The Settlers Are Human

Until recently, settler leaders considered journalists the representatives of a hostile media, but now they are invited to visit.

Sukkot is also the festival of the ushpizin, the traditional biblical guests. And because every sukkah is a sukkah of peace, and because there is no Jew who doesn't want peace - as we all know - there are many potential guests.

A very long line is forming this year at the invitations counter of the Yesha Council of settlements. When the council understood that neither the seven traditional ushpizin - those great leaders of ancient Israel - nor their tombs had succeeded in implanting the settlers into people's hearts, it decided to invite new shapers of public opinion, mainly journalists.

Until recently, settler leaders considered journalists the representatives of a hostile media. But now they have discovered among them inquisitive types with open minds. Only donkeys will not change their opinions, and opinionated journalists are the opposite of donkeys.

Operation "Get to know the other" has been crowned with success: Senior journalists have been invited and accepted, become acquainted with the revivers of Zionism and their enterprises - after all, seeing is believing - and left their moods and their prejudices at home.

These are guests who are not hasty, who are not quick to ostracize brothers only because a Jew is also a settler. As civilized people, they see personal acquaintance and a heart-to-heart talk as preferable to separation and alienation.

How did they fail to think of this earlier? How did both sides waste decades in vain arguments, as if Yesha [the territories] had not always been here, as though it would disappear soon? Why did the journalists become enemies when it's so easy to buy them as friends, to brainwash them and wash away grudges?

The visitors return home from their safari full of good impressions. Suddenly, the cataracts have been removed: The settlers don't have horns, they look like human beings. They speak in the language of human beings, milk and honey on their tongues. They have cute children who behave like children. Their wives are as attractive as their homes. They are broad-minded.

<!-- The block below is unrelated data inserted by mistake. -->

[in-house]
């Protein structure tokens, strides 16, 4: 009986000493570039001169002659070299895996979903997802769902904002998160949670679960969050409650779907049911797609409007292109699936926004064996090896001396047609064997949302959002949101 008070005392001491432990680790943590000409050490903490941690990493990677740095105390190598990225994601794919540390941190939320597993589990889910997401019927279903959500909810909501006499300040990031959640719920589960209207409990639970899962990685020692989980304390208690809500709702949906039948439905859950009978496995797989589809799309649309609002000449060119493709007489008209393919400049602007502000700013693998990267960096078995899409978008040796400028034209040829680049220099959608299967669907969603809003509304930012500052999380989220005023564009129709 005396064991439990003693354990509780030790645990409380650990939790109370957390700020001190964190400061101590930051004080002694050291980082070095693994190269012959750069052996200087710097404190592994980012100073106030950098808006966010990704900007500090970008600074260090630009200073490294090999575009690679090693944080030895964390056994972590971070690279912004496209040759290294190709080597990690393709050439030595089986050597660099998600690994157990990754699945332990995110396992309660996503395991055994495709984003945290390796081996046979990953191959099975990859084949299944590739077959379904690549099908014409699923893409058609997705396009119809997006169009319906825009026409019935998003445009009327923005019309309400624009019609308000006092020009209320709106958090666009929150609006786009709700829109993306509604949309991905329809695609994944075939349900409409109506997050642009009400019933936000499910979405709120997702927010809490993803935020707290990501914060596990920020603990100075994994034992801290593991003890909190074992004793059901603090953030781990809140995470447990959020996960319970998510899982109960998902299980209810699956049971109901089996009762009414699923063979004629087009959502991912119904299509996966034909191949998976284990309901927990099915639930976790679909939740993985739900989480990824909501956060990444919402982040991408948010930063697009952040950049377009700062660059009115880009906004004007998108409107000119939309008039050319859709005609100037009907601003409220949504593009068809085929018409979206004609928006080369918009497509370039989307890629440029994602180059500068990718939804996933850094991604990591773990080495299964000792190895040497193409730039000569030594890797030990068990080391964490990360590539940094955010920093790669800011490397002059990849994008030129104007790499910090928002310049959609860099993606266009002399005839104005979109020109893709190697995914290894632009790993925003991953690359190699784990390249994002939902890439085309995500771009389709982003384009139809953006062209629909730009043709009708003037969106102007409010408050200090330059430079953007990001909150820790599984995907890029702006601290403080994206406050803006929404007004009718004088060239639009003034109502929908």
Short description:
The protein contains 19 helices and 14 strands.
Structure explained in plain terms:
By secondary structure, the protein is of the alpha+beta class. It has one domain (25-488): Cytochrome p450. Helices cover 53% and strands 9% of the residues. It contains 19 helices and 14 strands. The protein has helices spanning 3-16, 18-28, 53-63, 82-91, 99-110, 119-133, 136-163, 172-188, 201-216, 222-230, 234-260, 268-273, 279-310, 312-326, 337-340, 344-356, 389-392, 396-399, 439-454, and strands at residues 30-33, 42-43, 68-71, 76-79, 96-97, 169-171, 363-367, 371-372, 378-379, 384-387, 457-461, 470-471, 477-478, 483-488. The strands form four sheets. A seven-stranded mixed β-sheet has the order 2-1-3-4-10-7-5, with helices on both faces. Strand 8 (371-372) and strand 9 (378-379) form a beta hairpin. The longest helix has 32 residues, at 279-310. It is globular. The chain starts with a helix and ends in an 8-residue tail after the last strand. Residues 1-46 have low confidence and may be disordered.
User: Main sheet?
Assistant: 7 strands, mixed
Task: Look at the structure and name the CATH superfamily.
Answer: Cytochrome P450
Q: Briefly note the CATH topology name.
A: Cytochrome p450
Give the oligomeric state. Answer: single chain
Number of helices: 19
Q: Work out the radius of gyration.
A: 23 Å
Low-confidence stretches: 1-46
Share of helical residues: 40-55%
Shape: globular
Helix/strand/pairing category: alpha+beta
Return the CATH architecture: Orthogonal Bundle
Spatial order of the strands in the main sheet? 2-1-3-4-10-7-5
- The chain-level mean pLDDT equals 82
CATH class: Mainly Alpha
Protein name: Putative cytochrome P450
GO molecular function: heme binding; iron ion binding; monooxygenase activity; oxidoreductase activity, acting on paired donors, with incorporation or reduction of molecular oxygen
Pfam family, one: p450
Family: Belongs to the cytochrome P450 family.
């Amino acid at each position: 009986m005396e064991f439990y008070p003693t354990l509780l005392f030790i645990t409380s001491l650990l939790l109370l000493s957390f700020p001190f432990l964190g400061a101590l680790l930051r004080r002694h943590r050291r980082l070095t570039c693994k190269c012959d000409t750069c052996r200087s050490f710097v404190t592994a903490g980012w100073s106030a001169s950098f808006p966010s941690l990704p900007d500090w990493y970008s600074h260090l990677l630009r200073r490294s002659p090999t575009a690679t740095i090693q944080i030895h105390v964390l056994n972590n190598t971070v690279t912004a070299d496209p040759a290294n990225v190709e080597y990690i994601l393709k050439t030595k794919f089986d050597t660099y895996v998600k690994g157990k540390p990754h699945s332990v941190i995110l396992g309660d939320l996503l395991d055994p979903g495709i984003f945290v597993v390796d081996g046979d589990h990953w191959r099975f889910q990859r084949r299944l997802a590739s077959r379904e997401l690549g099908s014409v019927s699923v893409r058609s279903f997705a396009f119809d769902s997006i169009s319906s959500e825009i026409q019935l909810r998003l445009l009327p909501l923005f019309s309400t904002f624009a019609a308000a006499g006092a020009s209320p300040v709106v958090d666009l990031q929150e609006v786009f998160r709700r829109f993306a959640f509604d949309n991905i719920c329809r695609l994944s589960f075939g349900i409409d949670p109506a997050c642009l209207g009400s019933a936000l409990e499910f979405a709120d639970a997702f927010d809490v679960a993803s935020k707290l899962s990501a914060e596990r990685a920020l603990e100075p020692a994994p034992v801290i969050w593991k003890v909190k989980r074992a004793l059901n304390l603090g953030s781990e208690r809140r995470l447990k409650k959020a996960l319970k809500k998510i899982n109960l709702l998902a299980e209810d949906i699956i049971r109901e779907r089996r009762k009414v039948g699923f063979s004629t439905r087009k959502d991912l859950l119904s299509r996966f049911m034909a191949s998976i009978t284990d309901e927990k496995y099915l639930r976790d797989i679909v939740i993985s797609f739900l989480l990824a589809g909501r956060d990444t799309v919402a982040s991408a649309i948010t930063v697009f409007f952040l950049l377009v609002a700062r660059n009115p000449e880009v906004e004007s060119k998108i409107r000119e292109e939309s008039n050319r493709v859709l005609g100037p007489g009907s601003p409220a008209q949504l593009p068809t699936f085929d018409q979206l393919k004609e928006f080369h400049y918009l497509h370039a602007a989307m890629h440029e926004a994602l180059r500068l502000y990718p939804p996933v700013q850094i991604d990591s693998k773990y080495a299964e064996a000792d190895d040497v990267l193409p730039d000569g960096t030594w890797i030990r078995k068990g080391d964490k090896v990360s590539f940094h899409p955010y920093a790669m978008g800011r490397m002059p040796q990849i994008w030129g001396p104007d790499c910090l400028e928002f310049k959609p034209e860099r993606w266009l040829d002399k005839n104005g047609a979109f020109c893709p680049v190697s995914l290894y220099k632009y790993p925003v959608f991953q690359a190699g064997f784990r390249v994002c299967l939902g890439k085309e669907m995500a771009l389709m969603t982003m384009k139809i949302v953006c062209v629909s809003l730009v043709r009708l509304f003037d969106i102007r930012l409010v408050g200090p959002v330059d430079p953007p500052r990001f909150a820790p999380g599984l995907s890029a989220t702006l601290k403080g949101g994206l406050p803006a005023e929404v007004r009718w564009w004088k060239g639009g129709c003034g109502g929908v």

So why do the visitors need politics when the view is beautiful, there is a pleasant breeze, the watermelon is cold, and the sabras - you can't get sabras like these in "Israel" any more - are fresh and tasty? Why do they need politics when they can exchange shared experiences from their military service, when there is not a single Palestinian as far as the eye can see, when once again "the city square is empty," once again there is "a land without a people"?

Now comes the high point of the visit: Did you know that the Land of our Fathers is full of boutique wineries, small and wonderful dairies, modern oil presses? Did you know that they have built luxurious bed-and-breakfasts that overlook both east and west, a pleasure for the eyes? Aren't all these evidence of good neighborliness and a normal life? Should we not eat a chunk of cheese and drink a bottle of wine and taste pure olive oil made with the sweat of the brow of non-Jewish workers?

It was worth coming, to see with our own eyes, to return satisfied and write an article. And all 25 minutes from the Tel Aviv bubble.

And what do they need politics for when, for a change, they can make the talkbackers happy? "A great article." "Wow, what fun to read." "Yosh [the West Bank], not what you thought. I liked it." In every journalist hides a small talkbacker who wants to grow.

What's going on here, friends? What's happening to you? Where have you been and what have you been doing for the past 43 years?

Nabot of Jezreel also had a vineyard, and a king wanted to inherit it. He offered the owner another plot of land, or alternatively, monetary compensation. But Nabot refused to give away his ancestral land. His refusal cost him dearly: He didn't live to see the grape harvest.

Ahab sat under the vine, Jezebel raised organic fruits and vegetables, and both began to entertain in their beautiful vineyard. On the holiday, they built a large sukkah and gladdened the hearts of the guests with new wine and oil. Even journalists from the coastal cities got drunk there. Until that purist Elijah showed up and ruined everything.